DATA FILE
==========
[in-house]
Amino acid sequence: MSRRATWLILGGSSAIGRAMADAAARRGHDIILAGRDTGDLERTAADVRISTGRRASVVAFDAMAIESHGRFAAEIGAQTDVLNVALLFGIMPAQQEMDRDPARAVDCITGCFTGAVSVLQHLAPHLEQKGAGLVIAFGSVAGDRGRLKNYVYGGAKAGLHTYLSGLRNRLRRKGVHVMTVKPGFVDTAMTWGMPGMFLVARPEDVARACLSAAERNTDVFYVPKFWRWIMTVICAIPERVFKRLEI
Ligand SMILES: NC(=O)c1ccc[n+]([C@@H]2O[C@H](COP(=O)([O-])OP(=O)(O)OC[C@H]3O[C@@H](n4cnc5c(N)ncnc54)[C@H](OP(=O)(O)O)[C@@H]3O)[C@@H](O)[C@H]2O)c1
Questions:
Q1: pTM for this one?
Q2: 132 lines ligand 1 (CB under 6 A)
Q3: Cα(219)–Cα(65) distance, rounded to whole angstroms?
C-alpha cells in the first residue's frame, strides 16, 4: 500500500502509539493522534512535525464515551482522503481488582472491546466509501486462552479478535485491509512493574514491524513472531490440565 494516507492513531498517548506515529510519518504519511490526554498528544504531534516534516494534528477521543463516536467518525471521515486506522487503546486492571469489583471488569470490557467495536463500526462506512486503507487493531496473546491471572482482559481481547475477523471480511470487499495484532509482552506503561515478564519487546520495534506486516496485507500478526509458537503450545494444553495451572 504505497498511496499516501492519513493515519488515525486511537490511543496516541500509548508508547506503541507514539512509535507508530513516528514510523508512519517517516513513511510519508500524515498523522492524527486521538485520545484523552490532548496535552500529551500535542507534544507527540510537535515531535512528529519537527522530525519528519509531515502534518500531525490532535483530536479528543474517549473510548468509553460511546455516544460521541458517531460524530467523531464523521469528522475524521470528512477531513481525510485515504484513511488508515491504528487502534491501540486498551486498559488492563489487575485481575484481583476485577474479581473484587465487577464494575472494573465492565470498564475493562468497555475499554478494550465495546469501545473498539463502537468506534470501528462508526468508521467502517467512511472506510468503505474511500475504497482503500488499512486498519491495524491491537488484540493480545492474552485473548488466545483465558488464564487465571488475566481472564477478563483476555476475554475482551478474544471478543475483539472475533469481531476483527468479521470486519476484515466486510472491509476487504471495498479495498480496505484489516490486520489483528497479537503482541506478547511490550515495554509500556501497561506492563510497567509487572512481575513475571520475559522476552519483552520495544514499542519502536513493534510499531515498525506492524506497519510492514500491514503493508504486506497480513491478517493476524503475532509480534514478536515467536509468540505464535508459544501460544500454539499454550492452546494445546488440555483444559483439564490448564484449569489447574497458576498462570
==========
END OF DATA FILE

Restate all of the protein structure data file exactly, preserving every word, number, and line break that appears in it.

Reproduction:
[in-house]
Amino acid sequence: MSRRATWLILGGSSAIGRAMADAAARRGHDIILAGRDTGDLERTAADVRISTGRRASVVAFDAMAIESHGRFAAEIGAQTDVLNVALLFGIMPAQQEMDRDPARAVDCITGCFTGAVSVLQHLAPHLEQKGAGLVIAFGSVAGDRGRLKNYVYGGAKAGLHTYLSGLRNRLRRKGVHVMTVKPGFVDTAMTWGMPGMFLVARPEDVARACLSAAERNTDVFYVPKFWRWIMTVICAIPERVFKRLEI
Ligand SMILES: NC(=O)c1ccc[n+]([C@@H]2O[C@H](COP(=O)([O-])OP(=O)(O)OC[C@H]3O[C@@H](n4cnc5c(N)ncnc54)[C@H](OP(=O)(O)O)[C@@H]3O)[C@@H](O)[C@H]2O)c1
Questions:
Q1: pTM for this one?
Q2: 132 lines ligand 1 (CB under 6 A)
Q3: Cα(219)–Cα(65) distance, rounded to whole angstroms?
C-alpha cells in the first residue's frame, strides 16, 4: 500500500502509539493522534512535525464515551482522503481488582472491546466509501486462552479478535485491509512493574514491524513472531490440565 494516507492513531498517548506515529510519518504519511490526554498528544504531534516534516494534528477521543463516536467518525471521515486506522487503546486492571469489583471488569470490557467495536463500526462506512486503507487493531496473546491471572482482559481481547475477523471480511470487499495484532509482552506503561515478564519487546520495534506486516496485507500478526509458537503450545494444553495451572 504505497498511496499516501492519513493515519488515525486511537490511543496516541500509548508508547506503541507514539512509535507508530513516528514510523508512519517517516513513511510519508500524515498523522492524527486521538485520545484523552490532548496535552500529551500535542507534544507527540510537535515531535512528529519537527522530525519528519509531515502534518500531525490532535483530536479528543474517549473510548468509553460511546455516544460521541458517531460524530467523531464523521469528522475524521470528512477531513481525510485515504484513511488508515491504528487502534491501540486498551486498559488492563489487575485481575484481583476485577474479581473484587465487577464494575472494573465492565470498564475493562468497555475499554478494550465495546469501545473498539463502537468506534470501528462508526468508521467502517467512511472506510468503505474511500475504497482503500488499512486498519491495524491491537488484540493480545492474552485473548488466545483465558488464564487465571488475566481472564477478563483476555476475554475482551478474544471478543475483539472475533469481531476483527468479521470486519476484515466486510472491509476487504471495498479495498480496505484489516490486520489483528497479537503482541506478547511490550515495554509500556501497561506492563510497567509487572512481575513475571520475559522476552519483552520495544514499542519502536513493534510499531515498525506492524506497519510492514500491514503493508504486506497480513491478517493476524503475532509480534514478536515467536509468540505464535508459544501460544500454539499454550492452546494445546488440555483444559483439564490448564484449569489447574497458576498462570